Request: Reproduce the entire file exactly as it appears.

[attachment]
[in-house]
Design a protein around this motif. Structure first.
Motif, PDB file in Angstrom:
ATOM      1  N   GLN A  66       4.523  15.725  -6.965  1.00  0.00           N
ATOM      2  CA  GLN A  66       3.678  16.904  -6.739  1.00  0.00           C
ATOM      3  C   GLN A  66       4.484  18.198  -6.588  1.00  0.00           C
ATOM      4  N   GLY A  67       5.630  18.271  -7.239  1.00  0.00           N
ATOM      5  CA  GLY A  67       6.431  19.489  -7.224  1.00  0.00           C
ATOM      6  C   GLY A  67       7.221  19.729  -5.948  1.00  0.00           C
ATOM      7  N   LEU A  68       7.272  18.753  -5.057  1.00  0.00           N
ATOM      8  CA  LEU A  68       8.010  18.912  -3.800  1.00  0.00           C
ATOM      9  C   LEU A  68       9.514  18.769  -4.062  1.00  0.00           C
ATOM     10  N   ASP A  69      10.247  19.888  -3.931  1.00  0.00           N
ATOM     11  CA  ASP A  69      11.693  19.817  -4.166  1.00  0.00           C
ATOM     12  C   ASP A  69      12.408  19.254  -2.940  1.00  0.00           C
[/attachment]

[in-house]
Design a protein around this motif. Structure first.
Motif, PDB file in Angstrom:
ATOM      1  N   GLN A  66       4.523  15.725  -6.965  1.00  0.00           N
ATOM      2  CA  GLN A  66       3.678  16.904  -6.739  1.00  0.00           C
ATOM      3  C   GLN A  66       4.484  18.198  -6.588  1.00  0.00           C
ATOM      4  N   GLY A  67       5.630  18.271  -7.239  1.00  0.00           N
ATOM      5  CA  GLY A  67       6.431  19.489  -7.224  1.00  0.00           C
ATOM      6  C   GLY A  67       7.221  19.729  -5.948  1.00  0.00           C
ATOM      7  N   LEU A  68       7.272  18.753  -5.057  1.00  0.00           N
ATOM      8  CA  LEU A  68       8.010  18.912  -3.800  1.00  0.00           C
ATOM      9  C   LEU A  68       9.514  18.769  -4.062  1.00  0.00           C
ATOM     10  N   ASP A  69      10.247  19.888  -3.931  1.00  0.00           N
ATOM     11  CA  ASP A  69      11.693  19.817  -4.166  1.00  0.00           C
ATOM     12  C   ASP A  69      12.408  19.254  -2.940  1.00  0.00           C